In 1975 bylines were added, giving writers and reporters recognition and making it easier to see how many women were rising in the editorial ranks. The magazine was eager to show off the strides that had been made. Merrill McLoughlin, an education writer, remembers being asked if she would use her nickname, Mimi, on a story she had written to run in the National Affairs section about the International Women’s Conference in Houston in 1977. The male editor was proud that the story was reported by women and written by a woman, and felt her name was ambiguous. She declined, explaining Merrill was her professional name. There were awkward moments when editors realized at the last minute they needed a woman to fill out the table at a luncheon at Top of the Week, Newsweek’s dining room. That’s how McLoughlin once found herself seated next to Steve Jobs, “excruciatingly aware I was the only female and I knew nothing about him except what I’d hurriedly read before. I was the wrong person to be seated next to him.”
I don’t think many men would think they were wrongly seated, but these were the growing pains as men and women adjusted to changing roles. In 1978, Lynn Povich—one of the women who spearheaded the Newsweek suit and who became Newsweek’s first female senior editor—suggested a cover on “How Men Are Changing” in a cover conference. The other editors mocked her, saying she must be having difficulty finding a date in her newly single status after a divorce. “I argued how can you change 50 percent of the population without affecting the other 50 percent?” She prevailed, and the cover drawing showed a man wearing an apron stirring a pot on the stove and looking down at a little girl holding a doll. Reflecting on the coverage in those days, Povich wonders, “Were we ahead of the times or just reflecting the times?” Either way, the times were changing.
Medicine and health stories flourished, many of them written by Jeanie Seligmann, who was promoted to writer after the suit, and those stories often broke new ground. Women’s issues were in the news—breast cancer, the pill, the Dalkon Shield and what was wrong with it—and she covered them, prompting a male friend to tell her, “Your beat is from the ovary to the thigh.” Seligmann did the first real story in a major magazine, in the early ’70s, on anorexia and its prevalence. She reviewed Our Bodies, Ourselves for Newsweek, and a top editor had her change the word “rape” to “attack.” But the male editors loved women’s health stories. “Anything with the word ‘breast’ in it,” says Seligmann, “and we got to run pictures, even if it was just drawings.”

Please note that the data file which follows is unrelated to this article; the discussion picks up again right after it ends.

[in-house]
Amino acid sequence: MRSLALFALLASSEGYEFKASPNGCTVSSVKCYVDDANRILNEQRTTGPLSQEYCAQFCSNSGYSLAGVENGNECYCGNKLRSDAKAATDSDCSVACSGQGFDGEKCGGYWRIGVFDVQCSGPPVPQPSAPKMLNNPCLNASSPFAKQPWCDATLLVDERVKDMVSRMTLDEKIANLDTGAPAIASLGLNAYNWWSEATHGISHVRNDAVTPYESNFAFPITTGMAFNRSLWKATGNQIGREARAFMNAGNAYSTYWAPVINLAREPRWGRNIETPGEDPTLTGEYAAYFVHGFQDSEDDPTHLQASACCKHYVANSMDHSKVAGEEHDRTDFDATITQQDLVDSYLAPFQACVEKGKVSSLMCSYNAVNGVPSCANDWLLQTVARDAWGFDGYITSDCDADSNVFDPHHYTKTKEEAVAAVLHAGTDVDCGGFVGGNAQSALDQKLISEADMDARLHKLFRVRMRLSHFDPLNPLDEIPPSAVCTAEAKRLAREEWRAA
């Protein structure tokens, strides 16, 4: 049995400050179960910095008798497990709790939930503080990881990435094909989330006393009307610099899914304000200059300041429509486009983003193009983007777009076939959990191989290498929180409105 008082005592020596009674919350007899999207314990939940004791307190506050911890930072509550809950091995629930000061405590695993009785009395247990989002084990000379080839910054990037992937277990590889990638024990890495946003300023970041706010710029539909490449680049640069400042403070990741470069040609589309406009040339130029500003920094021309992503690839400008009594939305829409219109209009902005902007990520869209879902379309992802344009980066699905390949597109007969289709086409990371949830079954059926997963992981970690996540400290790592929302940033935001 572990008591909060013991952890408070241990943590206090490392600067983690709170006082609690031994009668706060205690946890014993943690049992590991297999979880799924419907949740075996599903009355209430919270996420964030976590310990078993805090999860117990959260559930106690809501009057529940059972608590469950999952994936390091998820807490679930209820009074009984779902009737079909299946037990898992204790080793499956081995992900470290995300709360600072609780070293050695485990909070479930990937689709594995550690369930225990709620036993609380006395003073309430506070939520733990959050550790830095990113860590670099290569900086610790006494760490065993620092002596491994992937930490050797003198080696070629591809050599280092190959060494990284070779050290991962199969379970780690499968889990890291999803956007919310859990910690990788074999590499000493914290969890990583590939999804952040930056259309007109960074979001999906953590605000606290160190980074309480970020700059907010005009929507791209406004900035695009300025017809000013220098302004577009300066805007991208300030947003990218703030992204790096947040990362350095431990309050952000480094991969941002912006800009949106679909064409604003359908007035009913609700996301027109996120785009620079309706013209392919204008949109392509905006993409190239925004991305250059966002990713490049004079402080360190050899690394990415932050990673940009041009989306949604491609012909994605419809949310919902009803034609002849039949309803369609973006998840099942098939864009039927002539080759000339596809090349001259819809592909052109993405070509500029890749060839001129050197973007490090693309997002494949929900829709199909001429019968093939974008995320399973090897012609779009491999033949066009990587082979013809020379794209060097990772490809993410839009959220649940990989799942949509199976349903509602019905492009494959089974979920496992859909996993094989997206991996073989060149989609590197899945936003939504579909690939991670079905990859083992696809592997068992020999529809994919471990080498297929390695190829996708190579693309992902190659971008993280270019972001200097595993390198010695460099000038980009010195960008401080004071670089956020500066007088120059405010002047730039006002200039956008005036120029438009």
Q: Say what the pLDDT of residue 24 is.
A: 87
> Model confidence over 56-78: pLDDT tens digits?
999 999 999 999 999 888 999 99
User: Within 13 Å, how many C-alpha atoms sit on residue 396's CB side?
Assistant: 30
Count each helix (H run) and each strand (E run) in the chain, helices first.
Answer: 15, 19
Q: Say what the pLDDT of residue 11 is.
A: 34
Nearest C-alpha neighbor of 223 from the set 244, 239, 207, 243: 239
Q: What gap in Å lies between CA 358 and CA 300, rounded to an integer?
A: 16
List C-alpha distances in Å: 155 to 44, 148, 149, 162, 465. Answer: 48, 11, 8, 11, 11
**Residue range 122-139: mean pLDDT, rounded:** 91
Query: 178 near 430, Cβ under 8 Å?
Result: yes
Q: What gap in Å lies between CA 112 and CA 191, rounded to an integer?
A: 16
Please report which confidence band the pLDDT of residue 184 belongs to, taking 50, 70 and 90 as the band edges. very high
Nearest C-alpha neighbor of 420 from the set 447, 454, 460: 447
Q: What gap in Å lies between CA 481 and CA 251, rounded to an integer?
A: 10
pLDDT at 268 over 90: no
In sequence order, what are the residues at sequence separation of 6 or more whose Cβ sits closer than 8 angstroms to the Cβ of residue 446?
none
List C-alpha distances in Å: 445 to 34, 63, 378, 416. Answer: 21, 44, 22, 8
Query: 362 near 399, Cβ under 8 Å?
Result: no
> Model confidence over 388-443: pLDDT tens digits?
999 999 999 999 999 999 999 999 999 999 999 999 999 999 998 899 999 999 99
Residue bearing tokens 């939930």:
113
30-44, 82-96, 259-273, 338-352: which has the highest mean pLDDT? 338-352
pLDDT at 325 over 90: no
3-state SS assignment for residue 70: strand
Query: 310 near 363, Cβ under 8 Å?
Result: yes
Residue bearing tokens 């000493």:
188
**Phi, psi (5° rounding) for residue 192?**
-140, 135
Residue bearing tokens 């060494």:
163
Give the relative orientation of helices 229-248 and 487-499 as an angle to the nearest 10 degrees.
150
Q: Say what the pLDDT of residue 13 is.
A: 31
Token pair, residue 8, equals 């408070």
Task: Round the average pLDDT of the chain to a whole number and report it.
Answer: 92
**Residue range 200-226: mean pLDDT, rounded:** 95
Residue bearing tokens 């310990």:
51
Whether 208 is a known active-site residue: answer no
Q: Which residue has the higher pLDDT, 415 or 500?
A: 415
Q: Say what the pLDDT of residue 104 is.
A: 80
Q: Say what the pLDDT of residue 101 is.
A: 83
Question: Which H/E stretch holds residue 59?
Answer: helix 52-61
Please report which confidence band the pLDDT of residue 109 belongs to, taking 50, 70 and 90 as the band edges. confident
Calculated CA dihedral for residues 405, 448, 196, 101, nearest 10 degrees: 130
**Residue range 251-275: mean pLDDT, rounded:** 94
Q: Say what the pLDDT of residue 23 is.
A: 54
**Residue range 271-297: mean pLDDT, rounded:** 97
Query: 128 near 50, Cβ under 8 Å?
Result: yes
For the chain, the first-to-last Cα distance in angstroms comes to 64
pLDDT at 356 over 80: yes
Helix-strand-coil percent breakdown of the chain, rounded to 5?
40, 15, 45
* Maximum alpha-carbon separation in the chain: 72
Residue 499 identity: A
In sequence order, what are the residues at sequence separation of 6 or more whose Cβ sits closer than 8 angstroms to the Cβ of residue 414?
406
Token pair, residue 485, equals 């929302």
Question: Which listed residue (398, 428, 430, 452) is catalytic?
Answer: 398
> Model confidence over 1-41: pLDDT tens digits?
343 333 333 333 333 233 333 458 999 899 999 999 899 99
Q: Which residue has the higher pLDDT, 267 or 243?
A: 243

There was solidarity among women in those years that crossed political lines. In Congress, Democratic Rep. Patricia Schroeder co-chaired the Women’s Caucus with Republican Rep. Olympia Snowe, and they counted on the media to neutralize and challenge the hysteria that accompanied the push for the Equal Rights Amendment—which failed largely over concerns about women in combat and unisex bathrooms—and the passage of Title IX, which equalized sports for women and girls. Schroeder recounts being assailed by lawmakers furious that funding for men’s sports could be compromised; one Ohio congressman told her that if he voted for the measure he would never again get complimentary tickets to his favorite sports events.